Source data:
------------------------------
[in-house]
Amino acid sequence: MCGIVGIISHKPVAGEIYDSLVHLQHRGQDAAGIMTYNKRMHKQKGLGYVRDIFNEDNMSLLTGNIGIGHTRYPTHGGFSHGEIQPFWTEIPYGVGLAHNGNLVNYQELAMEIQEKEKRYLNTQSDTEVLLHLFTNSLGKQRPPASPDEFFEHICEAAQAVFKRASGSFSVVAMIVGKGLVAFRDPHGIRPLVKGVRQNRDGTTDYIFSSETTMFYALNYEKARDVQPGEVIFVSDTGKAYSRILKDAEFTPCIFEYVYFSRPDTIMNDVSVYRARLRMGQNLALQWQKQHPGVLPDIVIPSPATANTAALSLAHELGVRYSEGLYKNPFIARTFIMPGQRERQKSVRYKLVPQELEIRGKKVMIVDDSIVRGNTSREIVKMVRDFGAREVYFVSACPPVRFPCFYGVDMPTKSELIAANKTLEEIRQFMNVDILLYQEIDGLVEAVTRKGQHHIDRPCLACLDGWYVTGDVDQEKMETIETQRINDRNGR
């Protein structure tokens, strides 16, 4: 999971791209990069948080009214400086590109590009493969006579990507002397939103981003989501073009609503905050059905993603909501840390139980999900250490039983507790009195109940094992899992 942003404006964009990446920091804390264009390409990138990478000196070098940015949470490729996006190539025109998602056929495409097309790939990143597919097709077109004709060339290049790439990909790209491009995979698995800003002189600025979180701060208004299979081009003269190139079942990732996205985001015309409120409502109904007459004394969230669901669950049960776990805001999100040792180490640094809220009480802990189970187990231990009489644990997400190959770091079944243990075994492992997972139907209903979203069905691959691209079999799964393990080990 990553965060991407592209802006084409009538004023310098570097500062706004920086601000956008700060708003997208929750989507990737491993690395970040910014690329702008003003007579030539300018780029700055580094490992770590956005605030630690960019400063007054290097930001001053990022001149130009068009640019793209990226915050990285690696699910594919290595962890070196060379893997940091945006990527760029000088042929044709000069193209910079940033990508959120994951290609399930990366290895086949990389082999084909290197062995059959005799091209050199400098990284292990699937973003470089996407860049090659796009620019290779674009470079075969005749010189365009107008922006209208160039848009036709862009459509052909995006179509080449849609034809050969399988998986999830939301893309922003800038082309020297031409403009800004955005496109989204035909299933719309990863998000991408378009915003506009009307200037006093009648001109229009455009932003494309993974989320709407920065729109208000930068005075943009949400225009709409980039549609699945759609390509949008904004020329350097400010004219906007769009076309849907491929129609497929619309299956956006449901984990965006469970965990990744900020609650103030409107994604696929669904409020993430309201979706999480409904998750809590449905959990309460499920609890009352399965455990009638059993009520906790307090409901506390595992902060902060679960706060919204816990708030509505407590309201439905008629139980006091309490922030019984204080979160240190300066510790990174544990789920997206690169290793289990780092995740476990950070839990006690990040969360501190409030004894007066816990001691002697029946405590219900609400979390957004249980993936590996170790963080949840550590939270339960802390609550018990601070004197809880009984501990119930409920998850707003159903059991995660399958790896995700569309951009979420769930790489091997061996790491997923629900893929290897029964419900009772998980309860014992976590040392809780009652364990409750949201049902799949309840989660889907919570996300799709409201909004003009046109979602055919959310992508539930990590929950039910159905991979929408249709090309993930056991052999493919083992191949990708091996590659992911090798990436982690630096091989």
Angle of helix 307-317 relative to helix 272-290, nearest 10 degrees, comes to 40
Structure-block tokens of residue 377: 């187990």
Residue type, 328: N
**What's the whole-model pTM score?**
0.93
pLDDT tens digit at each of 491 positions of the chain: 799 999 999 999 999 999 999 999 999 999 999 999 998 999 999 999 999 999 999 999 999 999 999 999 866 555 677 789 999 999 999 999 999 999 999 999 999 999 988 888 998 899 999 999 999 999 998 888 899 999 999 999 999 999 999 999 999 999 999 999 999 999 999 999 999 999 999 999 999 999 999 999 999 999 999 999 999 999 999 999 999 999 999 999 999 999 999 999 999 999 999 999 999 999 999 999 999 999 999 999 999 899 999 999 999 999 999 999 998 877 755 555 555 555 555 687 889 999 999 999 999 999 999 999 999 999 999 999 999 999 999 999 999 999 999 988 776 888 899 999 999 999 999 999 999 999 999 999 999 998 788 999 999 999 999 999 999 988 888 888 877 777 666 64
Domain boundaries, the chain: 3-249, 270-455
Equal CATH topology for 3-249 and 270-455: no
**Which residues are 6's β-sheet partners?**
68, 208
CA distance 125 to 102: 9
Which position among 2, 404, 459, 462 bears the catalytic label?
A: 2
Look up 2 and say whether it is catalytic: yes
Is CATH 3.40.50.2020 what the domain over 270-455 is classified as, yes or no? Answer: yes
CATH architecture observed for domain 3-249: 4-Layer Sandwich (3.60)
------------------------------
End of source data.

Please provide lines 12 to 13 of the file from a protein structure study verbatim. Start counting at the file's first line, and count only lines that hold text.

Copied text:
**Which residues are 6's β-sheet partners?**
68, 208